games step-by-step, in a linear manner, as he had done in The Blue
Book and The Brown Book. Is it not just, as he later complained, that
The Brown Books form is boring and artificial, though that may be
true.16 The turn reflects, not merely a matter of style, but, it seems to
me, of logic and method. He was driven to the later adaptation,
evinced in the way PI is written, because, with Turings analysis in
hand, he now realized that he could or should continually
detach, move, rearrange, amalgamate and reconfigure motifs and
pieces of procedure and thought and conversation (and its ending)
within one another without end, erasing and revising starting parts
of thoughts once written down, shifting their force, revisiting
themes and drawing out variations in a multitude of dimensions at
differing scales, endlessly.
The serial, evolutionary linearity of The Brown Books
presentation was insufficiently clear. His new style expresses the
fact that he now had faith in the unity of logic again, having
surrendered the earlier, relativized ideal of simplicity. Now, at last,
the games have depth, even if not along one scale. The
rearrangements, the cobblings, hold up within our step-by-step
proceedings, which may be endlessly interwoven with one another,
dropped, amalgamated, seen to be fruitless or empty, and so on.
The logic in language is like an ancient, living city, not like an
evolved, historical, serially-presentable series of features of culture
as such (PI 18).
The literary result is an album, a landscape of shuffling
scenarios of voices and variations, echoing and cancelling one
another with modulations, self-confessions, re-phrasings, and
artificial and natural snapshots of philosophical activity. 17 This is
16 WC #204, 257 (November 20, 1936). Engelmann 2013b (chapter 4.4) quotes and analyzes this
letter and MS 142. His view is that Wittgenstein does not seem to believe that there were huge
changes in the new version of his work (p. 207). But he notes some important differences,
especially the suppression of tribes and the use of the genetic method of laying Wittgensteins
Tractatus views down against his mature ones.
17 Cf. Pichler 2004.

Juliet Floyd CC-BY

dialecticity with precision and without loss, rigorous in its own way,
a specific form of schematicity without logical schemata. It is an
analysis of analysis as such, and therefore free of any particular
choice of formal, sequenced venue. Spades are turned, and turnings
are discussed. There are simples, but they are fluid, elicited from
the reader at a variety of different points, from different
perspectives, for different reasons.
Wittgensteins later style has been called by Goldfarb a
cultivation of intentional navet.18 We might think of this as a
way of figuring and eliciting from the reader a view of what it is to
think through to the simple, the unvarnished and the natural, an
arena which is, at the same time, one of unending depth and
sophistication, a series of arguments about what is to count as
simple, straightforward, obvious, or given. Wittgenstein had
thoroughly reflected on the very notion of logic, logical analysis,
philosophy, itself. That reflection gets him back, ultimately, to
The structure of the remainder of this essay will trace out the
arc of this drive to reconceive the notion of simplicity. Section 2
analyzes the initial occurrences of Lebensform in Wittgensteins
writings of 1936-7, showing how Wittgenstein came to re-focus on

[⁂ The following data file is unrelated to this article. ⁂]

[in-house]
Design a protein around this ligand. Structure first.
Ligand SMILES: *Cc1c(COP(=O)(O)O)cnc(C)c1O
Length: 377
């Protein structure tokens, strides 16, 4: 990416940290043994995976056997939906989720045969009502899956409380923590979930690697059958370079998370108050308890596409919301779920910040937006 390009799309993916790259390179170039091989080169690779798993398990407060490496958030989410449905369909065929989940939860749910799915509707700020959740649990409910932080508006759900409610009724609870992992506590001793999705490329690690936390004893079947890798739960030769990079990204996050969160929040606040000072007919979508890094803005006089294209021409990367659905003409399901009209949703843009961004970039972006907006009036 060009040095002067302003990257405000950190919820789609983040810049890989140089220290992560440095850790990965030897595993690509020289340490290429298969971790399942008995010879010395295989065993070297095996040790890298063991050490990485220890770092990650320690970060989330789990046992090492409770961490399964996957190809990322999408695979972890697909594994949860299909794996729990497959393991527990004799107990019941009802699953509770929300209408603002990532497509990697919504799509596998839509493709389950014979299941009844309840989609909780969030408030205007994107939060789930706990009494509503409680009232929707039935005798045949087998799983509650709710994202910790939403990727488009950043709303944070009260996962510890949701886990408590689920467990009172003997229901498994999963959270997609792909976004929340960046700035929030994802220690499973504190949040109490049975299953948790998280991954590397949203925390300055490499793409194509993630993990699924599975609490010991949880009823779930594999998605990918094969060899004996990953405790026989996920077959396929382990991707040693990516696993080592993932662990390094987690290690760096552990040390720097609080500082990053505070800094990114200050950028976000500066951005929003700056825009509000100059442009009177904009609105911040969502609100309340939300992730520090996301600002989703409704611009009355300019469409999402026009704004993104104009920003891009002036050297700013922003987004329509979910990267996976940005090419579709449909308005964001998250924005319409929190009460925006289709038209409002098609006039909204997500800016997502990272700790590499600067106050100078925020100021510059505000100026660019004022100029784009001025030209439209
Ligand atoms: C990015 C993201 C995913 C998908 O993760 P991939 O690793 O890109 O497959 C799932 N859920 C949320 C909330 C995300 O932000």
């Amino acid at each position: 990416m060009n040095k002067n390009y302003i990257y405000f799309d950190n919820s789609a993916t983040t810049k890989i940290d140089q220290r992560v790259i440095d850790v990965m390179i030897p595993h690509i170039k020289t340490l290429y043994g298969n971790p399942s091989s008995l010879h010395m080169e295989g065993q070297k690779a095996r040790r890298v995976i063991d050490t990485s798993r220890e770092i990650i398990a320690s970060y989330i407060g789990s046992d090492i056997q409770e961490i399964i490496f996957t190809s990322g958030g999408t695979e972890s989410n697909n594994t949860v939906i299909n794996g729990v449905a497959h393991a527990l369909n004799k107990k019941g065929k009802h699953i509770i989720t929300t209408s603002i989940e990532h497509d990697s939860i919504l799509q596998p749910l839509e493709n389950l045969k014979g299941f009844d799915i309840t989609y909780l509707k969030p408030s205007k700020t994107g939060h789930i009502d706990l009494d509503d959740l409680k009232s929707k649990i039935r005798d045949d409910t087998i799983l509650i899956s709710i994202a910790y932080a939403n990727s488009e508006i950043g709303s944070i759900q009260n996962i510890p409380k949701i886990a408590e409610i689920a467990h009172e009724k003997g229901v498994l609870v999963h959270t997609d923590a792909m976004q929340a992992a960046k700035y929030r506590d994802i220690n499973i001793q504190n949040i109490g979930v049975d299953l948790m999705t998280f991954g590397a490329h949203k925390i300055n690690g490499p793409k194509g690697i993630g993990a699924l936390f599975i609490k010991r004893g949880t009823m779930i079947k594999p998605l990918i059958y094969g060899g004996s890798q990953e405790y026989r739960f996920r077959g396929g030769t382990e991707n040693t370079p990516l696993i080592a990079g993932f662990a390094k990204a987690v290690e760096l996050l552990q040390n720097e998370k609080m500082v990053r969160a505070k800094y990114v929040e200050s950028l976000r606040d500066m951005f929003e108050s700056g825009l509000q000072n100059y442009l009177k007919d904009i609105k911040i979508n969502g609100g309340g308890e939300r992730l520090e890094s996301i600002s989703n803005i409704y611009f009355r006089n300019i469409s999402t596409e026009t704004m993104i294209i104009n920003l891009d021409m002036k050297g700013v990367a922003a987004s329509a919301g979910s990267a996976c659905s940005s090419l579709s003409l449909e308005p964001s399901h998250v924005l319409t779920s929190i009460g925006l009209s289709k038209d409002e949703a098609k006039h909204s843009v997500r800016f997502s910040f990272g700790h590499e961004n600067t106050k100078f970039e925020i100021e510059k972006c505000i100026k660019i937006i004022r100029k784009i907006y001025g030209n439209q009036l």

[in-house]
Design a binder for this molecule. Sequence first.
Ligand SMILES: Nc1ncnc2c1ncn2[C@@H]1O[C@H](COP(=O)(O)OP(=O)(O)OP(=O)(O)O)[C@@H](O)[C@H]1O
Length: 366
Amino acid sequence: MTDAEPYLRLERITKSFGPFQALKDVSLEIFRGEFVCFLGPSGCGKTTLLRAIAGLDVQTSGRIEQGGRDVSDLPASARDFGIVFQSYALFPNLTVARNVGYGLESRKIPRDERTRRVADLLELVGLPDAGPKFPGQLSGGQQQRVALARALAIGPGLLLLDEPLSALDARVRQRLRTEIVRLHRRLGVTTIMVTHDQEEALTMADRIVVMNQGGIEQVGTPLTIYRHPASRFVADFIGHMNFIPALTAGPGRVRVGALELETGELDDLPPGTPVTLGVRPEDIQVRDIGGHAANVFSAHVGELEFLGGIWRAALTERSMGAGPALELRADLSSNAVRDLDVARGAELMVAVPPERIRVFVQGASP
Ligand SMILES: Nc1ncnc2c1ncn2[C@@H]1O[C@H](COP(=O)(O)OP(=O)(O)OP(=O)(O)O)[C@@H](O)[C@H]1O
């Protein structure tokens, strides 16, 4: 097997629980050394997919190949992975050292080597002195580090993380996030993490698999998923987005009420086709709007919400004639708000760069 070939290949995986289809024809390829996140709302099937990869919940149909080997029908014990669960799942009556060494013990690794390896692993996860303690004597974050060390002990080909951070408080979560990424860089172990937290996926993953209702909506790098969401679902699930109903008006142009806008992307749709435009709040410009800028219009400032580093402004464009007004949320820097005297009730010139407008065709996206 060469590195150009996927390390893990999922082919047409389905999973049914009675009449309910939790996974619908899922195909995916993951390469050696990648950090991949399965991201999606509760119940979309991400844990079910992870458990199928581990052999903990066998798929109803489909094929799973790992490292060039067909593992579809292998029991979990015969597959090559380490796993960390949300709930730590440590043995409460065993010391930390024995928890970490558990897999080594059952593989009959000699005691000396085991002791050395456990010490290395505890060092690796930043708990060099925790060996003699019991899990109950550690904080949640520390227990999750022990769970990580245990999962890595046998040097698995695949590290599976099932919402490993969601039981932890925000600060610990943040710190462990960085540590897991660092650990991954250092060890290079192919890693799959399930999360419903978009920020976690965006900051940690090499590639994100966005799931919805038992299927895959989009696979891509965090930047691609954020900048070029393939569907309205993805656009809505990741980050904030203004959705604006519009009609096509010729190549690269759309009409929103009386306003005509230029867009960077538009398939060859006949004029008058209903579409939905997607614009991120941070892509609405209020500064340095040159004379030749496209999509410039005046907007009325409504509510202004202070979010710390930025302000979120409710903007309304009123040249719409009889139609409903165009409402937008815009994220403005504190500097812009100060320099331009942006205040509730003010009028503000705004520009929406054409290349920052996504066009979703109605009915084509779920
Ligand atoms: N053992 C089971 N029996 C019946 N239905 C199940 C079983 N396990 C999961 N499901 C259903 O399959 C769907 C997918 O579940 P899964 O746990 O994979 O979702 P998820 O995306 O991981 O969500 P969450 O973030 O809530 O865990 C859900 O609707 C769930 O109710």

simplicity at this time, just as he pressed toward a more general
application of his ideas, framed his mature style of writing, and
drafted the earliest versions of PI. Section 3 offers an account of
Turings 1936/7 paper, explaining its Wittgensteinian air, and
18Goldfarb 1983, 269.
19A later use of Lebensformen (probably after 1946), published in RPP I 630 makes this association
with simplicity clear:
1298.5 Statt des Unzerlegbaren, Specifischen, Undefinierbaren: die Tatsache, da wir so und
so handeln, z.B., gewisse Handlungen strafen, den Tatbestand so und so feststellen, Befehle
geben, Berichte erstatten, Farben beschreiben, uns fuer die Gefuehle der Andern
interessieren. Das hinzunehmende, gegebene knnte man sagen seien Tatsachen des
Lebens. //seien Lebensformen.//
[Instead of the unanalyzable, the specific, the undefinable: the fact that we act in such-and-
such a way, for example, that we punish certain actions, determine the facts as such-and-such,
give commands, make reports, describe colors, interest ourselves in the feelings of others.
That which is accepted, given one might say are facts of life. //are Lebensformen.// ]
According to von Waedelstaedt, the origins of this are in MS 133, 284 (7.11.1946), TS 229, 333
(1947) and MS 144, 102 (1949). I depart here from Hacker and Schultes translation of PI 345,
which, like Anscombe, puts necessity into the substantive hinzunehmende with a must that I do
not take to be there.

Nordic Wittgenstein Review 5 (2) 2016

insisting, against usual views, that it is not so much philosophy of

mind or mathematics that are the areas of interest here, but instead
the very nature of logic. Section 4 erects a conceptual frame for
each of the five occurrences of Lebensform in PI, stressing the
importance of his surrendering his reliance on the notion of culture
(still at work in The Brown Book) and drawing in a discussion of his
mature conception of what logic is. I will work through a series of
analogical notions that I take to be central to Wittgensteins mature
conception of analysis and logical necessity: the notions of aspect,
chain, ordering, and scaffolding, with their attendant notions of
binding, weaving, holding together in step-by-step surveys of
reasoning. I show how these ideas were endemic in the history of
logic, and indicate how Wittgenstein is reworking them by use of
his notion of Lebensform.
The occurrences of Lebensform proceed in a regressive manner,